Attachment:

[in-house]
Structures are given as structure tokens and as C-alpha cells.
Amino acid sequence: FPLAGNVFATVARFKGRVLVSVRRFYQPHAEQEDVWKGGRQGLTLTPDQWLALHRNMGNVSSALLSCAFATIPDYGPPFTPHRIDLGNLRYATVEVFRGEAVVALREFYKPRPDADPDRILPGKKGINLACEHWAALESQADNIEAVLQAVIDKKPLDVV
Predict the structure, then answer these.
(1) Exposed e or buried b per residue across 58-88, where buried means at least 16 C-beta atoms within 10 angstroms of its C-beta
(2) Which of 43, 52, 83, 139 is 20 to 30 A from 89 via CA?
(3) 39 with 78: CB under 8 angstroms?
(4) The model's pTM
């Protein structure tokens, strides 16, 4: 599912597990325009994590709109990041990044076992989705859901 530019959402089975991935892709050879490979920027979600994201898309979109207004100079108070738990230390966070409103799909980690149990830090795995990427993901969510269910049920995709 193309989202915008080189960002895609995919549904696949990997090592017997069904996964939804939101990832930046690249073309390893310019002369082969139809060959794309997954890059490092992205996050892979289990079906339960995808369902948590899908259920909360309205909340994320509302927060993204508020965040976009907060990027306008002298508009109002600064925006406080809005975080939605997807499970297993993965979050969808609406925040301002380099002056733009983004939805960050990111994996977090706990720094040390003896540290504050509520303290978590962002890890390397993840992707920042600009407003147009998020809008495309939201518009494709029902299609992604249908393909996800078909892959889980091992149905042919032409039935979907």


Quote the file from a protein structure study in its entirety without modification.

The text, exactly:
[in-house]
Structures are given as structure tokens and as C-alpha cells.
Amino acid sequence: FPLAGNVFATVARFKGRVLVSVRRFYQPHAEQEDVWKGGRQGLTLTPDQWLALHRNMGNVSSALLSCAFATIPDYGPPFTPHRIDLGNLRYATVEVFRGEAVVALREFYKPRPDADPDRILPGKKGINLACEHWAALESQADNIEAVLQAVIDKKPLDVV
Predict the structure, then answer these.
(1) Exposed e or buried b per residue across 58-88, where buried means at least 16 C-beta atoms within 10 angstroms of its C-beta
(2) Which of 43, 52, 83, 139 is 20 to 30 A from 89 via CA?
(3) 39 with 78: CB under 8 angstroms?
(4) The model's pTM
């Protein structure tokens, strides 16, 4: 599912597990325009994590709109990041990044076992989705859901 530019959402089975991935892709050879490979920027979600994201898309979109207004100079108070738990230390966070409103799909980690149990830090795995990427993901969510269910049920995709 193309989202915008080189960002895609995919549904696949990997090592017997069904996964939804939101990832930046690249073309390893310019002369082969139809060959794309997954890059490092992205996050892979289990079906339960995808369902948590899908259920909360309205909340994320509302927060993204508020965040976009907060990027306008002298508009109002600064925006406080809005975080939605997807499970297993993965979050969808609406925040301002380099002056733009983004939805960050990111994996977090706990720094040390003896540290504050509520303290978590962002890890390397993840992707920042600009407003147009998020809008495309939201518009494709029902299609992604249908393909996800078909892959889980091992149905042919032409039935979907």